The African Journal on Conflict Resolution has just published ‘Civil Society as a Transitional Justice Litigation Actor in Africa’ by Dr Khanyisela Moyo.
According to the abstract:
This article examines the input into the transitional justice discourse by civil society as a litigation actor in postcolonial Africa. It does not analyse all civil society litigation in transitional contexts in Africa, but rather uses some examples to point to different kinds of contributions. From the examples provided, one can affirm that civil society organisations (CSOs) are significant transitional justice litigation actors. This relates to civil and criminal litigation. With regard to criminal litigation, CSOs participate in formal processes in several ways, including pointing out due process flaws and turning over to the prosecution evidence of violations that they would have gathered during the conflict.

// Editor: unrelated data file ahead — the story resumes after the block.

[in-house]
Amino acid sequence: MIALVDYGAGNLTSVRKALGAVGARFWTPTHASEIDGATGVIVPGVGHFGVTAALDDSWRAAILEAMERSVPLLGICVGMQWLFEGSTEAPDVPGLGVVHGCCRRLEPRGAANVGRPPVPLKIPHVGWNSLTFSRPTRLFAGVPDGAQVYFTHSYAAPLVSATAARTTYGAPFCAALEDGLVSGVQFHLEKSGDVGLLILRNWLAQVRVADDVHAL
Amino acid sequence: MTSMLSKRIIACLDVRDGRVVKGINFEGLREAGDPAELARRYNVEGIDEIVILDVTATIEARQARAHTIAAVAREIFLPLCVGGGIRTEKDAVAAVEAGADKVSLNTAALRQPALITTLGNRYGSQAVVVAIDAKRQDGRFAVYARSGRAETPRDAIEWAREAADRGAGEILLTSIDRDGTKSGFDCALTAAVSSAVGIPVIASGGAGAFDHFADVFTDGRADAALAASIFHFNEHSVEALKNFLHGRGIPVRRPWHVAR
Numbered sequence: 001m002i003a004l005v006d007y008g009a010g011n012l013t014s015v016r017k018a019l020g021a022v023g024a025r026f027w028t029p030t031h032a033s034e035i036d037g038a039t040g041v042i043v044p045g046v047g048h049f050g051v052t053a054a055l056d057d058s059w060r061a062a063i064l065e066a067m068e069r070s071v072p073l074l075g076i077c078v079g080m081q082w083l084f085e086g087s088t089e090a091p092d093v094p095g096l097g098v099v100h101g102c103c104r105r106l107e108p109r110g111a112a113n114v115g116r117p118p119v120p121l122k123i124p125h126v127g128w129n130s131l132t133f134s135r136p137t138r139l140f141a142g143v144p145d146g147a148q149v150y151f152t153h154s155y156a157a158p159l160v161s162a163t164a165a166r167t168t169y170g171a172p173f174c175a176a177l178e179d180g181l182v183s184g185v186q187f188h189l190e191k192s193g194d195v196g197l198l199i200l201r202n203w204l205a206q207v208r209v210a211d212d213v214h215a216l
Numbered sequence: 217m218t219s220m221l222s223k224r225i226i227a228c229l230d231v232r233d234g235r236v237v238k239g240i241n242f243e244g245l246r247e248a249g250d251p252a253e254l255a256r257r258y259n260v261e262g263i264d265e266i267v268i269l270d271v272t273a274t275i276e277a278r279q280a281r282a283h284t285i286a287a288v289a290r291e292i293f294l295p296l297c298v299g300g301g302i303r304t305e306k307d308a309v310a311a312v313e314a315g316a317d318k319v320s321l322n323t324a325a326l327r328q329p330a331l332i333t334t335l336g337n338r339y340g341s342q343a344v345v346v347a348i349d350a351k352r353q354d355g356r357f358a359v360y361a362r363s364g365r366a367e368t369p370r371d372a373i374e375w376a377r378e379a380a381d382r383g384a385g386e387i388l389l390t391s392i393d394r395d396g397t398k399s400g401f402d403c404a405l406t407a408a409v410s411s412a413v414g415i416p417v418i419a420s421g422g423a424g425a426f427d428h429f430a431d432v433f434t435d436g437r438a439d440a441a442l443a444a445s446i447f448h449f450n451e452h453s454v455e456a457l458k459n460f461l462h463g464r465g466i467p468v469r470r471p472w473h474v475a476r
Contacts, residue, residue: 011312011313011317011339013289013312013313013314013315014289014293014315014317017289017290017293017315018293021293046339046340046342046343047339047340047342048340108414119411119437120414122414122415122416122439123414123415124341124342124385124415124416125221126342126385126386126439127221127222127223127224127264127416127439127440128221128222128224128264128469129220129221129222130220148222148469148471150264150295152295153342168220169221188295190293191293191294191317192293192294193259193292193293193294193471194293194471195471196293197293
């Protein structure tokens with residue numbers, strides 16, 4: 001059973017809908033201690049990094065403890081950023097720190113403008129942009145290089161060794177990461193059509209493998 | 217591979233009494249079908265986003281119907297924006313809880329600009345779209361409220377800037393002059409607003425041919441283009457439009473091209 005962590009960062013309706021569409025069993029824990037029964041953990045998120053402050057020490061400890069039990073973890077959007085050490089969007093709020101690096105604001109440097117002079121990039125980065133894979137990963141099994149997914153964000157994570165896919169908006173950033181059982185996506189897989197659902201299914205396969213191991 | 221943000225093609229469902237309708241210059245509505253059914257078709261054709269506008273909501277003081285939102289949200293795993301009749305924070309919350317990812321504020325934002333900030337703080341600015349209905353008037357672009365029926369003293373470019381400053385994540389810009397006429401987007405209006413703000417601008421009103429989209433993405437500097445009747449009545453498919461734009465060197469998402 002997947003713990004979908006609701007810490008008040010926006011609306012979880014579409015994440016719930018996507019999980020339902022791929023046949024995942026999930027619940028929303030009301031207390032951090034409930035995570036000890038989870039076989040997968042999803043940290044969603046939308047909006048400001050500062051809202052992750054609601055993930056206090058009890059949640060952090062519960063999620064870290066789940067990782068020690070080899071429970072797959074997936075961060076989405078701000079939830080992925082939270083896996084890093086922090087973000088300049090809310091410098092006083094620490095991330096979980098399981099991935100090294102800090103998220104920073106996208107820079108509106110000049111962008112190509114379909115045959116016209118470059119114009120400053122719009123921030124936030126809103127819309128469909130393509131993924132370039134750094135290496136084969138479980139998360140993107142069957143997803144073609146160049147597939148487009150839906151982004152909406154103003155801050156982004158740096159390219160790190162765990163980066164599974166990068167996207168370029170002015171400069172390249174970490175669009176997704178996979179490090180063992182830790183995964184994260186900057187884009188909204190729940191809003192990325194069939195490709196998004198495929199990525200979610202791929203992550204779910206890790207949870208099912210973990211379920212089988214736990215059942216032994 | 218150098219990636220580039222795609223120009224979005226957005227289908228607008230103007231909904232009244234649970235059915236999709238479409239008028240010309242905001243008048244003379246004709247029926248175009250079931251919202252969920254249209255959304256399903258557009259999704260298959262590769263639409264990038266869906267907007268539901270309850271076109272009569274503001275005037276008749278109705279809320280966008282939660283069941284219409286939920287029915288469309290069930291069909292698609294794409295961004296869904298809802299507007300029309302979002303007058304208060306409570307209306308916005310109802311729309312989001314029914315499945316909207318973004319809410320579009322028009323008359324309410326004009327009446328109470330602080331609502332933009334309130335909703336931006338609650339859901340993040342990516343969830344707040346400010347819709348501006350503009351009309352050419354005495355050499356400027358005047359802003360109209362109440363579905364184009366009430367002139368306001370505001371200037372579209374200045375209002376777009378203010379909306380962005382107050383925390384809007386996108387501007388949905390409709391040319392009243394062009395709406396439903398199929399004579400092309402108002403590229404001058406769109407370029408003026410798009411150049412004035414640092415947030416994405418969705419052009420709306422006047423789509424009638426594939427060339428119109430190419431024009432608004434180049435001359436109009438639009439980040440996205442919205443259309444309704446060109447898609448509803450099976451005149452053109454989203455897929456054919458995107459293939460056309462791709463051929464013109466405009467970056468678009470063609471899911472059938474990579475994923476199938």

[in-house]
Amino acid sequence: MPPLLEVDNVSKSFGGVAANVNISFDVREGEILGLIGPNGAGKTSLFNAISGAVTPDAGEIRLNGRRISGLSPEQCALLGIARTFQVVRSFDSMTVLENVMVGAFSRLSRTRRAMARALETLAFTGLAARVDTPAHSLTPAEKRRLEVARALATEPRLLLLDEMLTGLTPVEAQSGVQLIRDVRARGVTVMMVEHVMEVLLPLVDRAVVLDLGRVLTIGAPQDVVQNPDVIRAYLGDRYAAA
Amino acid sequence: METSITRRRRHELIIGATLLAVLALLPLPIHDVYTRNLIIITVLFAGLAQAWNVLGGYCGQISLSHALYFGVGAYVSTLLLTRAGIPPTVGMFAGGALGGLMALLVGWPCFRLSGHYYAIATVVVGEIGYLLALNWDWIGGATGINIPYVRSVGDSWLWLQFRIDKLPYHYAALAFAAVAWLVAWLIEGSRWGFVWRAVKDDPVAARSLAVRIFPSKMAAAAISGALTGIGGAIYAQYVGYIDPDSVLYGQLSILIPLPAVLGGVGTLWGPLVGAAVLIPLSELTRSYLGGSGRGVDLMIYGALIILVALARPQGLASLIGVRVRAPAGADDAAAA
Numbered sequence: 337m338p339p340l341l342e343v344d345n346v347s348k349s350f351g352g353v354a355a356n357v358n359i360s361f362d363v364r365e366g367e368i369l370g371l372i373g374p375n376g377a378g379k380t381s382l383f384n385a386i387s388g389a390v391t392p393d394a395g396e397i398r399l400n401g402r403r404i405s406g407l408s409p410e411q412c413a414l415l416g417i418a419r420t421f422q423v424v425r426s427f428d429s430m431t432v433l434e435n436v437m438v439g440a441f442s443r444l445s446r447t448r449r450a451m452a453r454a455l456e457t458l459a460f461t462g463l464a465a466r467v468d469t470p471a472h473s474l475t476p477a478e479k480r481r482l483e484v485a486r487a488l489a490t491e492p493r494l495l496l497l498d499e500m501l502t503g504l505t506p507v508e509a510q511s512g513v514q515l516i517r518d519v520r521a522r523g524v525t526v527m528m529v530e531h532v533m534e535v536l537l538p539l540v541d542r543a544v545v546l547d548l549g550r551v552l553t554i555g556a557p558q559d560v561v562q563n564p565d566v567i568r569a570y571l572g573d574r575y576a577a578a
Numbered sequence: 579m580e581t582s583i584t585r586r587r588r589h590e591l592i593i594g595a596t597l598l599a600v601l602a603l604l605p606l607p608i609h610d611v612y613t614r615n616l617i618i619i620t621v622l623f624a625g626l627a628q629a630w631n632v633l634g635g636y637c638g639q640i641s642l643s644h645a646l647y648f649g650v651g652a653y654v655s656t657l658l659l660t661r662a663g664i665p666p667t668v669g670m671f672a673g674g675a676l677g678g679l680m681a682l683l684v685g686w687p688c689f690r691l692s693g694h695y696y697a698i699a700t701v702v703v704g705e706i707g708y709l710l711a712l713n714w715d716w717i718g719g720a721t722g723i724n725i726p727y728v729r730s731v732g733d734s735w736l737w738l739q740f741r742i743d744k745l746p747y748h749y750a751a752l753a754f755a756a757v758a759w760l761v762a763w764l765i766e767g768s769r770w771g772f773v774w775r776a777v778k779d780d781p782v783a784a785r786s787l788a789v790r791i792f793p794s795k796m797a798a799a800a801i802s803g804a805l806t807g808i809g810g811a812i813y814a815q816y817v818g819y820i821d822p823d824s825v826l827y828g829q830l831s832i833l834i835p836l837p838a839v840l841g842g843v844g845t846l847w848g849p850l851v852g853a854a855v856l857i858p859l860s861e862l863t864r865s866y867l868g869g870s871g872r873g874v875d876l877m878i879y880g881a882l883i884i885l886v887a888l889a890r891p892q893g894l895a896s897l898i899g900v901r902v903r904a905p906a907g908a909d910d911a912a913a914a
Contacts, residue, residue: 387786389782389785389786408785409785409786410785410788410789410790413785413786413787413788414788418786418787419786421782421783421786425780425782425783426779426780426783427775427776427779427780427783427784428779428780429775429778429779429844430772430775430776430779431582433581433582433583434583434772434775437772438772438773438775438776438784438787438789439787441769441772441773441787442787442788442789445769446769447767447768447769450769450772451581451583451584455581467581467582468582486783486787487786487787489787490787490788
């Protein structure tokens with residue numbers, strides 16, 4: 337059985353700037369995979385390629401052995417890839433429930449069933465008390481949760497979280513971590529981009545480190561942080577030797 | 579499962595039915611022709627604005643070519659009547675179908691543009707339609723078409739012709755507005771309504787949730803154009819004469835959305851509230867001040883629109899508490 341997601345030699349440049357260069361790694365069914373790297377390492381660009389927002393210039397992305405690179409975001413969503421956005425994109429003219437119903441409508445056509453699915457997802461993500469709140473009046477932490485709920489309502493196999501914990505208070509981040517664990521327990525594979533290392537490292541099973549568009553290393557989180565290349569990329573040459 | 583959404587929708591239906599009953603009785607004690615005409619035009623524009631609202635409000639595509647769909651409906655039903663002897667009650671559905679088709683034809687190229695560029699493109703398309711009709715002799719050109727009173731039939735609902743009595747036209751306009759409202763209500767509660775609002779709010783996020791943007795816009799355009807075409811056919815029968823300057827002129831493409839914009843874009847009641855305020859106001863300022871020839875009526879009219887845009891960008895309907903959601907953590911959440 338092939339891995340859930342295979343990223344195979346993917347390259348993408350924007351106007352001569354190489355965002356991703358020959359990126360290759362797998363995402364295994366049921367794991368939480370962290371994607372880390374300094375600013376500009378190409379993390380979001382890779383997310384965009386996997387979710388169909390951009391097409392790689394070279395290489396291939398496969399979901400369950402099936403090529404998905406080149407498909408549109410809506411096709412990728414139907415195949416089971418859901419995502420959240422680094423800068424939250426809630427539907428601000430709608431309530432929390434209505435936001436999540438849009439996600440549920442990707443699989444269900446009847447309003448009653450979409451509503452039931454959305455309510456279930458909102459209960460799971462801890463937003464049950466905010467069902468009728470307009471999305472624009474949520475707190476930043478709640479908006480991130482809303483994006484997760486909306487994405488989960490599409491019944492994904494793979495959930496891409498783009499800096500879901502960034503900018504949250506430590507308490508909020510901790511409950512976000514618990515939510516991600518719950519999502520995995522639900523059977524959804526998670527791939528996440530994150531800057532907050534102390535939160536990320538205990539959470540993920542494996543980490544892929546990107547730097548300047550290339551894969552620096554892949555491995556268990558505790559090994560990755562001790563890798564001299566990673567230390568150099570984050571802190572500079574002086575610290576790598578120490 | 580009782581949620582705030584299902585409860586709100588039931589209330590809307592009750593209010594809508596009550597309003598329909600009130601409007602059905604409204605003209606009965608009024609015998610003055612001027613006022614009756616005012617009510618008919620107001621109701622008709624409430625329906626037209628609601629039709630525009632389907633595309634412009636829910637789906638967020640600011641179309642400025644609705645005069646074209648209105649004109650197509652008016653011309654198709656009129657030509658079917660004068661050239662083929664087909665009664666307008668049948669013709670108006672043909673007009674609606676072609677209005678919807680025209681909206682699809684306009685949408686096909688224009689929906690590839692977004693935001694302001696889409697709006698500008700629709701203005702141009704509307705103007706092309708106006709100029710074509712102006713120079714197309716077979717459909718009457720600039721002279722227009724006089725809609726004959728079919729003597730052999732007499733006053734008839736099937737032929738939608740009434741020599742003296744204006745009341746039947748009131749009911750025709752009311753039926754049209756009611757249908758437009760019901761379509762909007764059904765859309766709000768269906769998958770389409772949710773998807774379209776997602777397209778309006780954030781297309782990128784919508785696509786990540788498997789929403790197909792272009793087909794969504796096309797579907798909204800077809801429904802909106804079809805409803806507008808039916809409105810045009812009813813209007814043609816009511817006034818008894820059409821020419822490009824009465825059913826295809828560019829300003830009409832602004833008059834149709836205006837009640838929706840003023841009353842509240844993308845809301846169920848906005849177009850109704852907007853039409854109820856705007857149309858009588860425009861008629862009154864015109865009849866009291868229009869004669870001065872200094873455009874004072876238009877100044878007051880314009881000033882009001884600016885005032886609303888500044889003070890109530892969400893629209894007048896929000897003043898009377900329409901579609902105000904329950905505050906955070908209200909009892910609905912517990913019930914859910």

Also, in the context of impunity and inadequate government policies, some CSOs have filled the accountability gap by resorting to civil suits and regional, exported and international litigation. These examples may offer useful insights into contexts where transitional justice initiatives are undertaken where there is no transition. In addition, the experiences may question whether compensation to victims of state-orchestrated violations of human rights which is achieved through non-governmental organisations’ initiatives constitutes transitional justice.